Nintendo may remotely disable hacked 3DS consoles

Hack your 3DS and you could end up with a worthless brick
Hack your 3DS and you could end up with a worthless brick

Nintendo is not going to let those handy with a screwdriver get away with installing tech that will allow users to run unofficial (usually pirated) games on the Nintendo 3DS.

Literally hours after the Nintendo 3DS went on sale in Japan, one YouTube user posted a video showing how he had hacked the device to use an R4 card which allowed his 3DS to play non-Nintendo-approved games.

Not cool, says Nintendo. According to one Japanese retailer, the company may send a firmware update to the console to possibly kill it completely if it spots that you've used a flash card.

Serious stuff

The retailer, Enterking, posted a message on its site addressed to customers looking to resell their consoles:

"In case if you use equipment which is illegal or unapproved by Nintendo or if you do customisation which is unapproved by Nintendo, there is a possibility that Nintendo 3DS become non bootable by system update."

It's not a given that anyone with an R4 card installed will definitely end up with a bricked handheld and Nintendo's not giving much away – although its official line on the subject does offer hints:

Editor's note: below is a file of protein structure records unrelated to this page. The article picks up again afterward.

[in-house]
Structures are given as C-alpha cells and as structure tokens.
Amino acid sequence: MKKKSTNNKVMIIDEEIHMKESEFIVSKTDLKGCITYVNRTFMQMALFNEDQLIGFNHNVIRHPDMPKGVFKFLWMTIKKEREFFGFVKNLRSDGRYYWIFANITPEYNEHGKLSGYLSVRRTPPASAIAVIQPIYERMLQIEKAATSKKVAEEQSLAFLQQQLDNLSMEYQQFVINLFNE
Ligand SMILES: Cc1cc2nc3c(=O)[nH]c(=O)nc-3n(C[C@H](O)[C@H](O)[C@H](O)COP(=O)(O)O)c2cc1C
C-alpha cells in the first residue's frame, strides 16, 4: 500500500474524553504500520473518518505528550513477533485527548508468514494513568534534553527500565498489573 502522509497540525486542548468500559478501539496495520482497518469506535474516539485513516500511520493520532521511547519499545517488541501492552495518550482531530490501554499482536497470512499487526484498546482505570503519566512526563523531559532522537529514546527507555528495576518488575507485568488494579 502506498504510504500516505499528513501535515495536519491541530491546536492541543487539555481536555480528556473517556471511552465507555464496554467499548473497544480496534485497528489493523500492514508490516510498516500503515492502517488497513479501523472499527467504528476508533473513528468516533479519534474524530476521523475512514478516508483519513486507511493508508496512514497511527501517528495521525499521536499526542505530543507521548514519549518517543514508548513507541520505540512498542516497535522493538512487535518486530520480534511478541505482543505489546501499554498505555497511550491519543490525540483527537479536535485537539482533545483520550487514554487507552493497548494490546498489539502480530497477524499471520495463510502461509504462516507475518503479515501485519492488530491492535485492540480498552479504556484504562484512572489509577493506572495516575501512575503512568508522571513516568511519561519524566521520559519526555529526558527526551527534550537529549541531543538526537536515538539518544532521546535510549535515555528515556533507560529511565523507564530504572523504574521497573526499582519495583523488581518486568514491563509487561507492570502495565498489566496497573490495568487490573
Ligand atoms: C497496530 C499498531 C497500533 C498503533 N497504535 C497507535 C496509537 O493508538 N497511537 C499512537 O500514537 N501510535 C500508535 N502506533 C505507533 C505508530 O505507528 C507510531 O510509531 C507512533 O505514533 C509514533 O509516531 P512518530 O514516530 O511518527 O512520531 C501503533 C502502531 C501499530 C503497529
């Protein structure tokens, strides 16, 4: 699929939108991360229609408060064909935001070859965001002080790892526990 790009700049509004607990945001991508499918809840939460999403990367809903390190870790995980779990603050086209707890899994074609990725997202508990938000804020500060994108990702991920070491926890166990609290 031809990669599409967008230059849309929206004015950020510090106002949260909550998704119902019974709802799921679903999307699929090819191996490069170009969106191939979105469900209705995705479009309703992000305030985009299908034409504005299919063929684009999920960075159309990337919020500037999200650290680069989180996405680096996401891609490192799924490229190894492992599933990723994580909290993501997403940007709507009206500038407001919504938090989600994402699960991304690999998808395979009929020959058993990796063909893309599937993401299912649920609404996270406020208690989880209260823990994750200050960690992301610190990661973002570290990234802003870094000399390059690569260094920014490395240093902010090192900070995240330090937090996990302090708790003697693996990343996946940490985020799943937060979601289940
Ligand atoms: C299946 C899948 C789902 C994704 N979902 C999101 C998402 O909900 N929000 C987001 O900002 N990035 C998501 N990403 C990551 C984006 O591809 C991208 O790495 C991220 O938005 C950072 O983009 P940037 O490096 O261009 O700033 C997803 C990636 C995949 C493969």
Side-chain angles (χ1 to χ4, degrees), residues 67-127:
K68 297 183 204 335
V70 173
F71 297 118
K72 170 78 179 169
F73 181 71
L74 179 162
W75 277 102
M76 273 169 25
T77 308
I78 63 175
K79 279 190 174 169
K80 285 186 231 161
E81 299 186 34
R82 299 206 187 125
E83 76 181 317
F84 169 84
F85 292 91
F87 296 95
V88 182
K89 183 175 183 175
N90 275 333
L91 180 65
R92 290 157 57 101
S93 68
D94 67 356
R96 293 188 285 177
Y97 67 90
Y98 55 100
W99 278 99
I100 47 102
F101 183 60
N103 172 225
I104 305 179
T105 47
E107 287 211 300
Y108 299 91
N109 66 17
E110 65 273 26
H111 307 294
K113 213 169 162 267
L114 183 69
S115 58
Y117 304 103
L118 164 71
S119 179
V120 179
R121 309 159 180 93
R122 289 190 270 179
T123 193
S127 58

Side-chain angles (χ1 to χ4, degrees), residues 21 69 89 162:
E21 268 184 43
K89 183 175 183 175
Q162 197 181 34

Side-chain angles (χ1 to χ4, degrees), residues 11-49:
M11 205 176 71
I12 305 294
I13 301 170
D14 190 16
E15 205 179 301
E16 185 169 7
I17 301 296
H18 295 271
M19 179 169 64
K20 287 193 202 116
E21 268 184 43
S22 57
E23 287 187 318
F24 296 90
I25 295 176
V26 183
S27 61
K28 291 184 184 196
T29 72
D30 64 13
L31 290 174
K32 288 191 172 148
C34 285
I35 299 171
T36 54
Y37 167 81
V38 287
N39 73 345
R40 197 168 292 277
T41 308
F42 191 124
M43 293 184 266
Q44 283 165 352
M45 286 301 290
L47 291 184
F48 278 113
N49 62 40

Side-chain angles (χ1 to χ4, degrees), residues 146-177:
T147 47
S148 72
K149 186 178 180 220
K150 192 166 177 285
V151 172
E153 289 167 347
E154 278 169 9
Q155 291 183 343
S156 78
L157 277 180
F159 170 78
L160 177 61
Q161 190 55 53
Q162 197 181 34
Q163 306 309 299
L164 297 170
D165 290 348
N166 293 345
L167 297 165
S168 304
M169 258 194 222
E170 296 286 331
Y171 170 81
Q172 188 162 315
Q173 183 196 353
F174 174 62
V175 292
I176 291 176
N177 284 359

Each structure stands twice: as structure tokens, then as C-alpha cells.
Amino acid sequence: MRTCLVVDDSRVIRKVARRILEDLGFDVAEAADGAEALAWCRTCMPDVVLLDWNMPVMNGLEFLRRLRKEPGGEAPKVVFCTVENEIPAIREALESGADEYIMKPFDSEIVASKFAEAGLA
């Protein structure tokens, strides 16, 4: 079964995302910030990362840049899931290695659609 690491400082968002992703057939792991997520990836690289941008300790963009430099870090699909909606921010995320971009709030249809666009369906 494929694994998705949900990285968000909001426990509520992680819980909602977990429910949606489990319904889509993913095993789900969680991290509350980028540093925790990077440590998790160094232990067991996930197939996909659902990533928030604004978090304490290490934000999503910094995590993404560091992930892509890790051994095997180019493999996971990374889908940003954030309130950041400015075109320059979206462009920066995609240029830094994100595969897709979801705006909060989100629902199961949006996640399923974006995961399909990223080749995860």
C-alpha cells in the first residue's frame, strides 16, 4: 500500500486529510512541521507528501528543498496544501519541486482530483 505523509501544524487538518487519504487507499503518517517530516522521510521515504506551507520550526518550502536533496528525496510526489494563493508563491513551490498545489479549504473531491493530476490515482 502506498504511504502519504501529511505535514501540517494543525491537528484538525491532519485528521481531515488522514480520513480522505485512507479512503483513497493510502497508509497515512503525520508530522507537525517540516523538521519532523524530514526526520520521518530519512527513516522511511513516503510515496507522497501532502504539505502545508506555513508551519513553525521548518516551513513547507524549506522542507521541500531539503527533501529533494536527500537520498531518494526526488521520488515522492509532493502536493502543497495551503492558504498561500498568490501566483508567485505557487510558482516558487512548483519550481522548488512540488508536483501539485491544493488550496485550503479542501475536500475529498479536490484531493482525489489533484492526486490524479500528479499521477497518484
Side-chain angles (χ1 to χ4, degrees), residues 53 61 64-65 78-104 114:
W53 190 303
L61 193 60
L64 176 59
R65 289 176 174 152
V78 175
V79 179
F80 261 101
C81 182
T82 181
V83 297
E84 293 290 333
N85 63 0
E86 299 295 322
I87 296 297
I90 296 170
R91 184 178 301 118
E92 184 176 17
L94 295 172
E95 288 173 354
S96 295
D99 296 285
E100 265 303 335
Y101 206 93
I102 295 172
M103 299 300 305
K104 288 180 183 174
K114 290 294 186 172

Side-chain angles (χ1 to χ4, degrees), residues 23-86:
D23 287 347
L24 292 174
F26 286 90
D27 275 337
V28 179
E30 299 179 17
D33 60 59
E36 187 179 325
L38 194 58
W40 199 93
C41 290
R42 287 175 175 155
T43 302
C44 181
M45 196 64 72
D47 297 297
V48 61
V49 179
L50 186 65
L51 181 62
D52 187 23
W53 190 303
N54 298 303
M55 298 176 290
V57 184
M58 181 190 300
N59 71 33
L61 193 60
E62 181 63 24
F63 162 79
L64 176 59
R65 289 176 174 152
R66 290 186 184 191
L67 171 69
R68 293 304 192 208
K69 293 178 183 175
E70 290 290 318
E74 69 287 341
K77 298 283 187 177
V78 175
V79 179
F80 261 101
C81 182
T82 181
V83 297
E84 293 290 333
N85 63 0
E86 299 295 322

"We do not discuss product security details (for obvious reasons), nor can we discuss the details of counter-measures available in the Nintendo 3DS system.

"Nintendo 3DS has the most up-to-date technology. The security has been designed to protect both the creative works in the software and to protect the Nintendo 3DS hardware system itself."

Doesn't sound like it's worth the risk to us. Plus it's illegal. Steer clear.

From Eurogamer via Engadget

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Former UK News Editor for TechRadar, it was a perpetual challenge among the TechRadar staff to send Kate (Twitter, Google+) a link to something interesting on the internet that she hasn't already seen. As TechRadar's News Editor (UK), she was constantly on the hunt for top news and intriguing stories to feed your gadget lust. Kate now enjoys life as a renowned music critic – her words can be found in the i Paper, Guardian, GQ, Metro, Evening Standard and Time Out, and she's also the author of 'Amy Winehouse', a biography of the soul star.